A growing family

Picture Info: ISO 100, 35mm, f/3.2, 1/250 second

Picture Info: ISO 100, 35mm, f/3.2, 1/250 second

Week 35 (3/31/2014 -4/6/2014): Treasure Island Beach, FL

Picture taken on 4/6/2014 at 8:03 PM

Picture description

This past weekend brought me to Florida to celebrate my cousin Danielle’s wedding.  It was a beautiful venue filled with my beautiful family.  Originally I planned to use a picture from the wedding for this post, but due to mobile limitations I decided to hold off on posting any wedding pictures until I returned and had time to properly sort through them all.  My back-up plan was to hit the beach at sunset sometime during my trip, preferably in the area of a pier.  My goal was to shoot either a long exposure and or some kind of sunset picture.  Since getting my DSLR I’ve taken two other trips to Florida, but neither visit brought me to the beach during sunset with my Nikon.  This time around I was determined to get to the beach for magic hour.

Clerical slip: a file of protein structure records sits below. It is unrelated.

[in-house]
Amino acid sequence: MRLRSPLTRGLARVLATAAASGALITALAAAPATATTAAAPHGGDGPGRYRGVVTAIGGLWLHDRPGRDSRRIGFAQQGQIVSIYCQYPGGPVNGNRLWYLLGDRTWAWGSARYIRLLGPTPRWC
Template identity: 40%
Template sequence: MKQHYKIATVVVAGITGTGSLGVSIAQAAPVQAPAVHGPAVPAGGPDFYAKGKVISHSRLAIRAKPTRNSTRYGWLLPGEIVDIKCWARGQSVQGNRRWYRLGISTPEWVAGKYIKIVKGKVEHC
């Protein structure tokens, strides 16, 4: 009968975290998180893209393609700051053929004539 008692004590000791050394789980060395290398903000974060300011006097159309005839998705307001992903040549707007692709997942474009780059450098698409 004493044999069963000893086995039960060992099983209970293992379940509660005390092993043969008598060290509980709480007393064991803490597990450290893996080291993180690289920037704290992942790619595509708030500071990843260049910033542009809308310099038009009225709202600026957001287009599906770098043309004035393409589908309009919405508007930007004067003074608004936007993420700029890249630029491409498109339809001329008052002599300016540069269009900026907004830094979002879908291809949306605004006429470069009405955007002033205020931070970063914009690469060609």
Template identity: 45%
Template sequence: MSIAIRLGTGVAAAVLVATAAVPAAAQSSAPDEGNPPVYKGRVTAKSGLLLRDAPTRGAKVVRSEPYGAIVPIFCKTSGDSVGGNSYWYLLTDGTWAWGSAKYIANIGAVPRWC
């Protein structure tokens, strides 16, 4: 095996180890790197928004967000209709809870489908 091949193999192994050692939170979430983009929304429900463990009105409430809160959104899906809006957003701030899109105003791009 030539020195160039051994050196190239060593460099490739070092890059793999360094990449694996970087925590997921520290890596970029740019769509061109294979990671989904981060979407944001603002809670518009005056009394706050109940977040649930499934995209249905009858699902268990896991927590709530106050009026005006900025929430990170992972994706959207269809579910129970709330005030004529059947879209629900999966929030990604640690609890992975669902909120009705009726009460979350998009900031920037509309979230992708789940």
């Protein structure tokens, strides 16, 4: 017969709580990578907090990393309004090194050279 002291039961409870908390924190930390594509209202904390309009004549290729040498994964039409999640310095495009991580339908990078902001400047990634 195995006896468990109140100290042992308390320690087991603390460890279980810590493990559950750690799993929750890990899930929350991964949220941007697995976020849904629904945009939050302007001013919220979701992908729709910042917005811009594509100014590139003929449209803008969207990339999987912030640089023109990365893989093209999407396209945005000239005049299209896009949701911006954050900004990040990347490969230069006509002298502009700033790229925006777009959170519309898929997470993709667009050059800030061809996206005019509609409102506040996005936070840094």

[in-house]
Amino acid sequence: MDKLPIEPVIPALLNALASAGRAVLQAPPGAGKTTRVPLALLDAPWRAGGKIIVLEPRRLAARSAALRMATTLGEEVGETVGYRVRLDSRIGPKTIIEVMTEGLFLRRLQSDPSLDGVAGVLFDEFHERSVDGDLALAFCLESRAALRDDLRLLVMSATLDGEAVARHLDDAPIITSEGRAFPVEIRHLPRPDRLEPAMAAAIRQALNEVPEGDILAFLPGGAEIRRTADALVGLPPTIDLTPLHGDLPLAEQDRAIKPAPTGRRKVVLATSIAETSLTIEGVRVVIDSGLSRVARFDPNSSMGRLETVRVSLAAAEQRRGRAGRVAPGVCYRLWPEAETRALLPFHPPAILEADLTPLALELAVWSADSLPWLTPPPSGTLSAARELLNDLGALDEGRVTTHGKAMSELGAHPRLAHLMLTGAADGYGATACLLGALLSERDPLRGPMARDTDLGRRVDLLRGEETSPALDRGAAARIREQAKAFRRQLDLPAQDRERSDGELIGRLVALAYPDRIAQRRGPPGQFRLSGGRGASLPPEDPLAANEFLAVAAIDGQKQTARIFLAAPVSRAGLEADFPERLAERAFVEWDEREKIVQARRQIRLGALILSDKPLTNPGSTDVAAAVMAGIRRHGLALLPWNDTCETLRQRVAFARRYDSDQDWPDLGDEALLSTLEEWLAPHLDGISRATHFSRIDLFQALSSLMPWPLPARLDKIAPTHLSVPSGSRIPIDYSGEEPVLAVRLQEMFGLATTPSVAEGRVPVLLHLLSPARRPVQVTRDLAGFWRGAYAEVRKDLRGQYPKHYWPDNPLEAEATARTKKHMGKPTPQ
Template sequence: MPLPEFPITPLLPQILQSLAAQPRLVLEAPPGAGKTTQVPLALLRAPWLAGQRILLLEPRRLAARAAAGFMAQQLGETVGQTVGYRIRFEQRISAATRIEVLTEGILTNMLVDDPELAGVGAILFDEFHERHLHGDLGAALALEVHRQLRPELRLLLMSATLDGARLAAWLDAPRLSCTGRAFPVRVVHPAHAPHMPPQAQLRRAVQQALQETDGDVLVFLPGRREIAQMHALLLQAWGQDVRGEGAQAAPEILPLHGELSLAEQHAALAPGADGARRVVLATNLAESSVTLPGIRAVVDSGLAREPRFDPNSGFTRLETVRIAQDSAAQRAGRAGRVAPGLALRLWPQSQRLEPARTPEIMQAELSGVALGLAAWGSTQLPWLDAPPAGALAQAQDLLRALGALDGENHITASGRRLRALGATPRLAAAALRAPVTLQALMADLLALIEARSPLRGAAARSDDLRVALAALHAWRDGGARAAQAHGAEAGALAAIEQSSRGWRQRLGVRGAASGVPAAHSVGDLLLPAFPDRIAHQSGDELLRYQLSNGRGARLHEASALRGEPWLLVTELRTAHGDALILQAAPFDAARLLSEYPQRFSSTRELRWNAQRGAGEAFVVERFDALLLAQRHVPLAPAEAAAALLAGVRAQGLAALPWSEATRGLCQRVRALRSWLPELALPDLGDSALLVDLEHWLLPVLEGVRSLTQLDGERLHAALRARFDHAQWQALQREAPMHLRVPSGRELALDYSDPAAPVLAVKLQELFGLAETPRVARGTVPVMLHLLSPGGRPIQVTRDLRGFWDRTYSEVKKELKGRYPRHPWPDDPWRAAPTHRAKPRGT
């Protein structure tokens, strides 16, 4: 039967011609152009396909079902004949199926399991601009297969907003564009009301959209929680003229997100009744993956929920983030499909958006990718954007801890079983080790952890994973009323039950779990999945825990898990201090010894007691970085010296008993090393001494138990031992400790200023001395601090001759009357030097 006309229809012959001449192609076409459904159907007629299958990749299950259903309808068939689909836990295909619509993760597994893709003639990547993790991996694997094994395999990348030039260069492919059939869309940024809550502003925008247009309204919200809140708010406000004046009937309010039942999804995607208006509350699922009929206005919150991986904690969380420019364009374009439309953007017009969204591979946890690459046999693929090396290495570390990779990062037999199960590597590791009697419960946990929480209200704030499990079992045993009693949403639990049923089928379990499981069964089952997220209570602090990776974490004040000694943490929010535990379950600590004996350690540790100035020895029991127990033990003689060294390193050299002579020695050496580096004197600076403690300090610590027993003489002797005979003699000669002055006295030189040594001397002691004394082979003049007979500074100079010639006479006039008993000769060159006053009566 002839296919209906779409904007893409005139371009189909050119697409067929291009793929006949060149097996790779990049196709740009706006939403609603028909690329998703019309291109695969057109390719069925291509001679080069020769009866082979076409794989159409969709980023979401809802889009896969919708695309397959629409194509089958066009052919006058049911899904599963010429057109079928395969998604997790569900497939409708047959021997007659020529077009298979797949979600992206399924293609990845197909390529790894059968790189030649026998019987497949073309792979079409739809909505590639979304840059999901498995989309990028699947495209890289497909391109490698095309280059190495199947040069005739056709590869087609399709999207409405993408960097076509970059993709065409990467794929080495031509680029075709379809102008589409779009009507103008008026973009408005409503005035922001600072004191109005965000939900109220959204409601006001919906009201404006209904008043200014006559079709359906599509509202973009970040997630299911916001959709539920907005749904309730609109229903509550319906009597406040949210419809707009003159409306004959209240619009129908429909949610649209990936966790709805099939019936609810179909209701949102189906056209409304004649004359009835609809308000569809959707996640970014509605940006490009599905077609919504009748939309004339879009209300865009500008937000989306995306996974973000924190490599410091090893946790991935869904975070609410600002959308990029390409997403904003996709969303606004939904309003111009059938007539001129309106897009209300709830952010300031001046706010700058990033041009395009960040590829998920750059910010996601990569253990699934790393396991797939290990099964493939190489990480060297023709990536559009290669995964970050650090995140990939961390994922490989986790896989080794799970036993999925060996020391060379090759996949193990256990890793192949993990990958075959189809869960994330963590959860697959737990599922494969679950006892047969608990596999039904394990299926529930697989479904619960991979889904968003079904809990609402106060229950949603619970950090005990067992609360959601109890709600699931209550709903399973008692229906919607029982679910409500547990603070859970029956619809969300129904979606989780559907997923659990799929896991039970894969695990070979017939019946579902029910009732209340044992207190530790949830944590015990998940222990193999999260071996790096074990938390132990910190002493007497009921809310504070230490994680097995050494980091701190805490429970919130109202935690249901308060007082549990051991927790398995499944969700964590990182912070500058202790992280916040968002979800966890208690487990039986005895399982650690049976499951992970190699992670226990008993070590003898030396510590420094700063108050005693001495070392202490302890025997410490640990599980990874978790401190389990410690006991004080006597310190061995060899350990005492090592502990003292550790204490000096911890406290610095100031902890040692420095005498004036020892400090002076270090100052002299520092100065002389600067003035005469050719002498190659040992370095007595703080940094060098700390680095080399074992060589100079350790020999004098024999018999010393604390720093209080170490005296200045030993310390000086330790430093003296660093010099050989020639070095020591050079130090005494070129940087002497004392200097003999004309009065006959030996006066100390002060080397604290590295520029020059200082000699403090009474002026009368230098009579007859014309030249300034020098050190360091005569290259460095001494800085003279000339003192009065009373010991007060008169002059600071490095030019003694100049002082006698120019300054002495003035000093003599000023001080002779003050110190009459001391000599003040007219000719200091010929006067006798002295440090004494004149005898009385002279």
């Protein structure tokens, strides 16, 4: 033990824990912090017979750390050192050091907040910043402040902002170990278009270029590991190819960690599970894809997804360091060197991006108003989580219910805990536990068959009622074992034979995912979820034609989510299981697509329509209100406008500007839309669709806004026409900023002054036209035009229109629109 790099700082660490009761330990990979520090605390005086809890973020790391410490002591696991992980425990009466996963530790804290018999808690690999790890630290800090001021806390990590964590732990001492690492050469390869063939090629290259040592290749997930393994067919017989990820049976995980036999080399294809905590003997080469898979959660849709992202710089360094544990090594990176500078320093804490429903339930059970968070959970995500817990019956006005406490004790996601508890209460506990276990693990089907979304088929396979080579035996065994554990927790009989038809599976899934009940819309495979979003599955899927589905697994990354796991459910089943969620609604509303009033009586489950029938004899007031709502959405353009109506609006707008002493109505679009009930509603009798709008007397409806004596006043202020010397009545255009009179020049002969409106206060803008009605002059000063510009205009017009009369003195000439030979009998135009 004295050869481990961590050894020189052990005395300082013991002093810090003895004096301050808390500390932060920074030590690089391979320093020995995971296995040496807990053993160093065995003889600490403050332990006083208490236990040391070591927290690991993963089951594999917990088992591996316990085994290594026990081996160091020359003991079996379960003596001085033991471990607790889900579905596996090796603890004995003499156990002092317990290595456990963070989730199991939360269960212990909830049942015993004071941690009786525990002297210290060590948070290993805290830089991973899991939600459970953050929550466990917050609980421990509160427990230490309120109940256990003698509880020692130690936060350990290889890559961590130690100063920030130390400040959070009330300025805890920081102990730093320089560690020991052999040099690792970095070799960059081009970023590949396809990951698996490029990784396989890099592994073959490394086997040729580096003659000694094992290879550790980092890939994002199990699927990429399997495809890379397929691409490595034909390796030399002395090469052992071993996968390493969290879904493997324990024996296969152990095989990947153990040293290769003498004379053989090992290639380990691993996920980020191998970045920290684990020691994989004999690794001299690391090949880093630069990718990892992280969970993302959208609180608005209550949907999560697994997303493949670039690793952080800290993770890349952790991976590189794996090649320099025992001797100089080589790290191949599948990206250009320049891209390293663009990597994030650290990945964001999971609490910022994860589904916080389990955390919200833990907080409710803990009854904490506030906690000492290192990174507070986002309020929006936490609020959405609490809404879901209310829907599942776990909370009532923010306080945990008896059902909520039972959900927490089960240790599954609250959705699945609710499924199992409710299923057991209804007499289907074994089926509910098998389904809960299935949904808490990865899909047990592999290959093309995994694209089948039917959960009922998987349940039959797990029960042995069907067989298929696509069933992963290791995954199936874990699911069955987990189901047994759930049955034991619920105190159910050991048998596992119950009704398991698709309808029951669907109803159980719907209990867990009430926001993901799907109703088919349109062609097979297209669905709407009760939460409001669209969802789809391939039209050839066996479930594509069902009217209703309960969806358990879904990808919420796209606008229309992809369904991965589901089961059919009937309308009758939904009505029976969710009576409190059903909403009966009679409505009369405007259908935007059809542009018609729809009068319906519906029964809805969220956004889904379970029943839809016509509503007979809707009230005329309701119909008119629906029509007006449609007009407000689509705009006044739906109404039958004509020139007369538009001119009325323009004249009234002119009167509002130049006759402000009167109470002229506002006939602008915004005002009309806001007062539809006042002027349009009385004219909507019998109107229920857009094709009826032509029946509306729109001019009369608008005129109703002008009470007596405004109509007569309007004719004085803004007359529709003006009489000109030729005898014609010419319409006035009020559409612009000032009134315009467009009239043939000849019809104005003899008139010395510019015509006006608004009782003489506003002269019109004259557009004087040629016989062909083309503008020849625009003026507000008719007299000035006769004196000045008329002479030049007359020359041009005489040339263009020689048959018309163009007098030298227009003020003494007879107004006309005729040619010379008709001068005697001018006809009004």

When I pitched the beach sunset idea to my family, they were all on board and even helped research locations.  After picking a location, we quickly ate dinner and set out for  “The Long Pier” at Redington Beach.  Redington Beach was a little far which had us worried about arriving late and missing the sunset.  As we drove up the coast we decided to call an audible and stop at the location of our last family reunion, Treasure Island Beach.